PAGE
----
Dozens, even hundreds of E&Ps and service providers in the oil and gas industry have recently announced intentions to dial back expenditures in 2015. Supermajors like Shell (NYSE: RDSB) and ExxonMobil (NYSE: XOM), on the other hand, both pledged to reduce expenditures in analyst days in the spring of this year, when WTI and Brent prices were resting comfortably in the $90 to $105 range.
The shift in the oil market will obviously not change the course of direction for any supermajor energy companies. Rather, the focus will just have to become more centralized than before. Chevron (NYSE: CVX) is one of the few who has not publicly announced changes to its budget. The company announced it plans on spending approximately $40 billion per year through 2017 in its analyst day back in March 2014. XOM, on the other hand, plans on dialing back spending to $37 billion per year for the same period.
Pavel Molchanov of Raymond James and Associates does not believe CVX will maintain its 2015 guidance at current oil levels, according to a note published following a meeting with Chevron management. Although Molchanov doesn’t expect CVX to take the “slash and burn” approach followed by smaller operators, he does believe in a “modest cut” of 5% to 7%. The cut would shave approximately $2 billion off of next year’s expenditures, which is approximately the same curtailed amount by XOM. CVX’s announcement may not come until January as management decides its new planning process in the revamped oil market.
What Misses the Cut?
Long term, capital intensive projects will still receive their cut of funds. That specifically includes LNG projects. Molchanov explains in his note, that “With this in mind, all long lead time projects that are currently in construction will be taken to fruition, because mothballing a half-built LNG would be just about the worst waste of money there is.“
Segments most likely to see a pullback in funds are short cycle, or “base business” drilling, says Molchanov. Wildcat drilling will most likely be nearly eliminated from plans for the time being, as the majority of companies will focus even more directly on projects with the highest rate of return.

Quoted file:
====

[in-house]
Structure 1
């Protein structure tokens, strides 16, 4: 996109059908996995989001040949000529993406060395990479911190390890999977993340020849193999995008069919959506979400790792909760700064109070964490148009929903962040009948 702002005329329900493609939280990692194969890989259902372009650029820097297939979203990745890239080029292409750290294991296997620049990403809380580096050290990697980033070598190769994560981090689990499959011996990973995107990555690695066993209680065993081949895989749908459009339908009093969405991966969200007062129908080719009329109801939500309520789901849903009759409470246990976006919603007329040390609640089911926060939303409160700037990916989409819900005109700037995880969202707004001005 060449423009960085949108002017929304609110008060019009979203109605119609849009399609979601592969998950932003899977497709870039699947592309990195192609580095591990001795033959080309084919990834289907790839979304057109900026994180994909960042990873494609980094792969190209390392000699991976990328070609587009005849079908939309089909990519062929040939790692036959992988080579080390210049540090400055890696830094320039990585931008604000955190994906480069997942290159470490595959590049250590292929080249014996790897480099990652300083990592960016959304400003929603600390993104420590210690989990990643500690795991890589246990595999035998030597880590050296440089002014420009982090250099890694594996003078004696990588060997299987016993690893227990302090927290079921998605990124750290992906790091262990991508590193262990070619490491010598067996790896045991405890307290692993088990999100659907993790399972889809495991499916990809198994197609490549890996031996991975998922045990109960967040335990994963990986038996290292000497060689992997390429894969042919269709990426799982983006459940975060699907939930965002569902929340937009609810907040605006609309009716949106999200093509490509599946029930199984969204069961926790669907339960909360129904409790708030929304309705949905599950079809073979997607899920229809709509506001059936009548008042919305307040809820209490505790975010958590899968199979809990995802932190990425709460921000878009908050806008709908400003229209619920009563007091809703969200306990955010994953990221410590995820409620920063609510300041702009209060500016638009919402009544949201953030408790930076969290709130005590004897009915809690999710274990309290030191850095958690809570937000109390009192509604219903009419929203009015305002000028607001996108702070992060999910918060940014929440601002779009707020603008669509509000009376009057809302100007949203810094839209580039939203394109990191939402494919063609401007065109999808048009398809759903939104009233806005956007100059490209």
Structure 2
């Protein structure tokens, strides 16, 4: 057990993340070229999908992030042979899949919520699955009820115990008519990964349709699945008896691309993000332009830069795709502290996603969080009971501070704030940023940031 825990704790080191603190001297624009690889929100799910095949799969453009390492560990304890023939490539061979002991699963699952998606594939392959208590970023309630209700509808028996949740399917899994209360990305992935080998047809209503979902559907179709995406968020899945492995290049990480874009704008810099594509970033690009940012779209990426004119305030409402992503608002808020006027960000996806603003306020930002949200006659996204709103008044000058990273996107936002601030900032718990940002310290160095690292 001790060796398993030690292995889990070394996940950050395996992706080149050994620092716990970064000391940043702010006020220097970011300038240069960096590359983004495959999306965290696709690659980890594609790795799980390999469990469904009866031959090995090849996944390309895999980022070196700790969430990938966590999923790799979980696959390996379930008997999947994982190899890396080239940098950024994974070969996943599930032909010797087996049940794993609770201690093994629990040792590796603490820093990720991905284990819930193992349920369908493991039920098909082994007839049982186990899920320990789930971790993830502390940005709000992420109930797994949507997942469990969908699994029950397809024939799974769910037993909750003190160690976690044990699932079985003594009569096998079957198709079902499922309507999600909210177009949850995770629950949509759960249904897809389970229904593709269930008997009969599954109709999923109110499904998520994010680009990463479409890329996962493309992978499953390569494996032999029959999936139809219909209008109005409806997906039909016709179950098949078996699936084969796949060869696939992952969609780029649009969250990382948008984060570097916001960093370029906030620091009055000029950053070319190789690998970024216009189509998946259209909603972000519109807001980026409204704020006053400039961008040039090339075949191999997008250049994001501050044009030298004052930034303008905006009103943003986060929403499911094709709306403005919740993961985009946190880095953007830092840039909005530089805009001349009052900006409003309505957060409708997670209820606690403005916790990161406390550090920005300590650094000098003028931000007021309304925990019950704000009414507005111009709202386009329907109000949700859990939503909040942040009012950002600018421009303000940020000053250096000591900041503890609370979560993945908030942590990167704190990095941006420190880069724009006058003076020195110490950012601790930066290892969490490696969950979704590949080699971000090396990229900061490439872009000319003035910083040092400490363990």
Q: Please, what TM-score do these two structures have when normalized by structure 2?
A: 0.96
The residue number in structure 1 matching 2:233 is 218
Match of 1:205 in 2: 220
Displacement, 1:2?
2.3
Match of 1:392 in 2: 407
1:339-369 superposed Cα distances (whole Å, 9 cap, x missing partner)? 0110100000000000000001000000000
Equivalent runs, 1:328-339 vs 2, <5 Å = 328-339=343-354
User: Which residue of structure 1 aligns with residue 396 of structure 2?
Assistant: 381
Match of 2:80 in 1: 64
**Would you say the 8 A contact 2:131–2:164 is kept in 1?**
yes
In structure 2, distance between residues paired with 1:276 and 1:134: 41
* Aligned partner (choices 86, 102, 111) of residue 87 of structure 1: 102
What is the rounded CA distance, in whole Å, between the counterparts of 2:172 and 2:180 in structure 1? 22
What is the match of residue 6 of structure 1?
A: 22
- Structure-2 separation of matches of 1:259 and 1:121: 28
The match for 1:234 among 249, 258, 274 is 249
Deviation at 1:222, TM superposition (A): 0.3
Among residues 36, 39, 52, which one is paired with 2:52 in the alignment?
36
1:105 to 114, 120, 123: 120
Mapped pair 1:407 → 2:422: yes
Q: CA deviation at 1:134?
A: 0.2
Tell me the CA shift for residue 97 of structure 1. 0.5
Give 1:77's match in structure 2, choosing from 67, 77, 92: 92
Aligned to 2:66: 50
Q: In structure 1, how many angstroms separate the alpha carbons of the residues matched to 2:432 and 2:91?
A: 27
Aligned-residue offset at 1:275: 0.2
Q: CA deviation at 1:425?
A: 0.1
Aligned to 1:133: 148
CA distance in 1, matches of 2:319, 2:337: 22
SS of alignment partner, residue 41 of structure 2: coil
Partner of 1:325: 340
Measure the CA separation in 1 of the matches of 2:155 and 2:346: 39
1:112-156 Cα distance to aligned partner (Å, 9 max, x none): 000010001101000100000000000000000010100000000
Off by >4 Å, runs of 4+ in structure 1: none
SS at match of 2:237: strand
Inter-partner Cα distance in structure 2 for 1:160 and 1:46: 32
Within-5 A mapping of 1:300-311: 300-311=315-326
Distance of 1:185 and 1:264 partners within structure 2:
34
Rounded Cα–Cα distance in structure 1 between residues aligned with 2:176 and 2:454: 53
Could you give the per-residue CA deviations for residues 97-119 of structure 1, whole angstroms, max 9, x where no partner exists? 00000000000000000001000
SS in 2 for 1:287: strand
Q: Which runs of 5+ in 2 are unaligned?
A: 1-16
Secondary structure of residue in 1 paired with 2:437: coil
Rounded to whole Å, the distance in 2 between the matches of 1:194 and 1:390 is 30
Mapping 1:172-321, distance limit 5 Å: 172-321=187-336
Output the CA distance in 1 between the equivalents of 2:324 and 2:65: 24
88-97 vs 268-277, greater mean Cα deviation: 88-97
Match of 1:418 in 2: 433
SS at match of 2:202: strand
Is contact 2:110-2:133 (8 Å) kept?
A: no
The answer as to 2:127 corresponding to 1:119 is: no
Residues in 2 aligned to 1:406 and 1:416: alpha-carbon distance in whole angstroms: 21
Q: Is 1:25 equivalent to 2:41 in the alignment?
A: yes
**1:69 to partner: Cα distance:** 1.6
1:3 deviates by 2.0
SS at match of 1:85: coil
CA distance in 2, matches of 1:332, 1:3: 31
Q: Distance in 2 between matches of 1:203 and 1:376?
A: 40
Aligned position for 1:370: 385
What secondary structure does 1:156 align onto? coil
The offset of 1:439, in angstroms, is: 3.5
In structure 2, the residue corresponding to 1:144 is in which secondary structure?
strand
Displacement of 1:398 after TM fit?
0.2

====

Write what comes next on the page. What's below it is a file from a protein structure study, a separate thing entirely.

“That being said, Kitimat LNG and a fourth train at Gorgon LNG are examples of projects that would not be viable in a $70/Bbl oil environment,” says Molchanov.
Course of Action for CVX
The Raymond James note stressed the importance of CVX meeting its dividend and says either a reduced capital plan or possible divestures will be needed to meet the expectations. The company could also temporarily postpone its stock buyback program – an event that would be explained no later than year-end 2014.
Molchanov explains: “When we run sensitivities more in line with spot pricing ($75 Brent, $70 WTI), not a single company in the mega-cap peer group would generate sufficient free cash flow (after capital spending) to fully cover the dividend payout. For Chevron, that bleak scenario would imply a borrowing requirement of $6 billion (assuming a 5% spending cut), plus another $8 billion for the dividend. That being said, Chevron is totally committed to the dividend, and we cannot envision any plausible scenario under which it would be cut, even temporarily. (It’s worth remembering that no company in the peer group cut dividends even during the 2008-2009 meltdown).
Supermajors Reassure the Markets
Many of the oil giants have said operations are still profitable at the current oil prices. E&Ps like Encana (NYSE: ECA) and Continental Resources (NYSE: CLR) are actually planning on boosting production in 2015. Harold Hamm, Chief Executive Officer of Continental, has become a figurehead in the oil price war. Hamm’s company eliminated all hedges and called the swoon “unsustainable” in a major statement against OPEC’s actions.
Rex Tillerson, Chief Executive Officer of ExxonMobil, said the company tests oil prices as low as $40 when running its pricing models. He said: “These are decade long investments decisions. All of the decisions we make have been tested across a wide range that accommodate these price swings. You need to make sure you’re successful at the bottom of the cycle.”
He also assured investors that XOM’s operations in the U.S. are here to stay. “We are a big investor of shale in the United States, and we’re quite happy with how it’s performing,” he said. “You have to be in the big resources bases around the world, and we’re in the middle of one in North America.”
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